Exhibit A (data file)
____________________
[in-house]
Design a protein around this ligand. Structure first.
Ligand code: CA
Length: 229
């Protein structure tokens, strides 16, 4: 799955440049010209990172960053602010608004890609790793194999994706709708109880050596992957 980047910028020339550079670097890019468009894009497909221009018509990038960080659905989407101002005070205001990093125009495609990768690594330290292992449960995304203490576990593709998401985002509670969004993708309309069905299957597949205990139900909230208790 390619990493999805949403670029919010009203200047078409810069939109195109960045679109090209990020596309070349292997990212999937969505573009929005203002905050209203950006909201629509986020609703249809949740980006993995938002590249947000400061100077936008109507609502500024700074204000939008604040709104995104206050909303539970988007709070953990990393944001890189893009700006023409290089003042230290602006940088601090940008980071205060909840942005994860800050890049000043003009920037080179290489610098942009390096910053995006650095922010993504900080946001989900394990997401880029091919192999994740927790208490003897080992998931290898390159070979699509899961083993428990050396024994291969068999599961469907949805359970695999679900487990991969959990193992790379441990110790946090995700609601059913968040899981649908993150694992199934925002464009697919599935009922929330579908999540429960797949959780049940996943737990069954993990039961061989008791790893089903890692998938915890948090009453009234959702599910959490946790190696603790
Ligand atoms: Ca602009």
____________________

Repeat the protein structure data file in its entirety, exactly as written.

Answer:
[in-house]
Design a protein around this ligand. Structure first.
Ligand code: CA
Length: 229
């Protein structure tokens, strides 16, 4: 799955440049010209990172960053602010608004890609790793194999994706709708109880050596992957 980047910028020339550079670097890019468009894009497909221009018509990038960080659905989407101002005070205001990093125009495609990768690594330290292992449960995304203490576990593709998401985002509670969004993708309309069905299957597949205990139900909230208790 390619990493999805949403670029919010009203200047078409810069939109195109960045679109090209990020596309070349292997990212999937969505573009929005203002905050209203950006909201629509986020609703249809949740980006993995938002590249947000400061100077936008109507609502500024700074204000939008604040709104995104206050909303539970988007709070953990990393944001890189893009700006023409290089003042230290602006940088601090940008980071205060909840942005994860800050890049000043003009920037080179290489610098942009390096910053995006650095922010993504900080946001989900394990997401880029091919192999994740927790208490003897080992998931290898390159070979699509899961083993428990050396024994291969068999599961469907949805359970695999679900487990991969959990193992790379441990110790946090995700609601059913968040899981649908993150694992199934925002464009697919599935009922929330579908999540429960797949959780049940996943737990069954993990039961061989008791790893089903890692998938915890948090009453009234959702599910959490946790190696603790
Ligand atoms: Ca602009």